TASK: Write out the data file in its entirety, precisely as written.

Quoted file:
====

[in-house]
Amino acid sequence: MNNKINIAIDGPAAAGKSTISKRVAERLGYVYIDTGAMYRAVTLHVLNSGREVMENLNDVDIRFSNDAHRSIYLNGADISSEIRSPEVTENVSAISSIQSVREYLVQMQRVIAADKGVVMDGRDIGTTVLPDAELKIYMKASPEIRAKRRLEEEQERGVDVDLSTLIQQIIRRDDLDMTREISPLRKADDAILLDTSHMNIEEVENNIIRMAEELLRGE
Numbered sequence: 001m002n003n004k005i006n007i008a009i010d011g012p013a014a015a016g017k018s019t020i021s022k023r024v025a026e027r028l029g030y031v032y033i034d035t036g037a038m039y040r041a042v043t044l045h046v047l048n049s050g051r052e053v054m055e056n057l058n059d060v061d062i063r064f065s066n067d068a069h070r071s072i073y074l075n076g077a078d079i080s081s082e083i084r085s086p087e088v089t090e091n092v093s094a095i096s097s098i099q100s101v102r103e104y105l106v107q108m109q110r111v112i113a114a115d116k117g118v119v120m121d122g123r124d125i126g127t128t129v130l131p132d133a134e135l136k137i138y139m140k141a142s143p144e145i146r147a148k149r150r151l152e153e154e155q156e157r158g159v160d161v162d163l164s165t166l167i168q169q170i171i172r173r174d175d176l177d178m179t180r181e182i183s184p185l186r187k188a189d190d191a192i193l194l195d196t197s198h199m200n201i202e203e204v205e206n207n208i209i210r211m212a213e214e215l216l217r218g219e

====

[in-house]
Amino acid sequence: MNNKINIAIDGPAAAGKSTISKRVAERLGYVYIDTGAMYRAVTLHVLNSGREVMENLNDVDIRFSNDAHRSIYLNGADISSEIRSPEVTENVSAISSIQSVREYLVQMQRVIAADKGVVMDGRDIGTTVLPDAELKIYMKASPEIRAKRRLEEEQERGVDVDLSTLIQQIIRRDDLDMTREISPLRKADDAILLDTSHMNIEEVENNIIRMAEELLRGE
Numbered sequence: 001m002n003n004k005i006n007i008a009i010d011g012p013a014a015a016g017k018s019t020i021s022k023r024v025a026e027r028l029g030y031v032y033i034d035t036g037a038m039y040r041a042v043t044l045h046v047l048n049s050g051r052e053v054m055e056n057l058n059d060v061d062i063r064f065s066n067d068a069h070r071s072i073y074l075n076g077a078d079i080s081s082e083i084r085s086p087e088v089t090e091n092v093s094a095i096s097s098i099q100s101v102r103e104y105l106v107q108m109q110r111v112i113a114a115d116k117g118v119v120m121d122g123r124d125i126g127t128t129v130l131p132d133a134e135l136k137i138y139m140k141a142s143p144e145i146r147a148k149r150r151l152e153e154e155q156e157r158g159v160d161v162d163l164s165t166l167i168q169q170i171i172r173r174d175d176l177d178m179t180r181e182i183s184p185l186r187k188a189d190d191a192i193l194l195d196t197s198h199m200n201i202e203e204v205e206n207n208i209i210r211m212a213e214e215l216l217r218g219e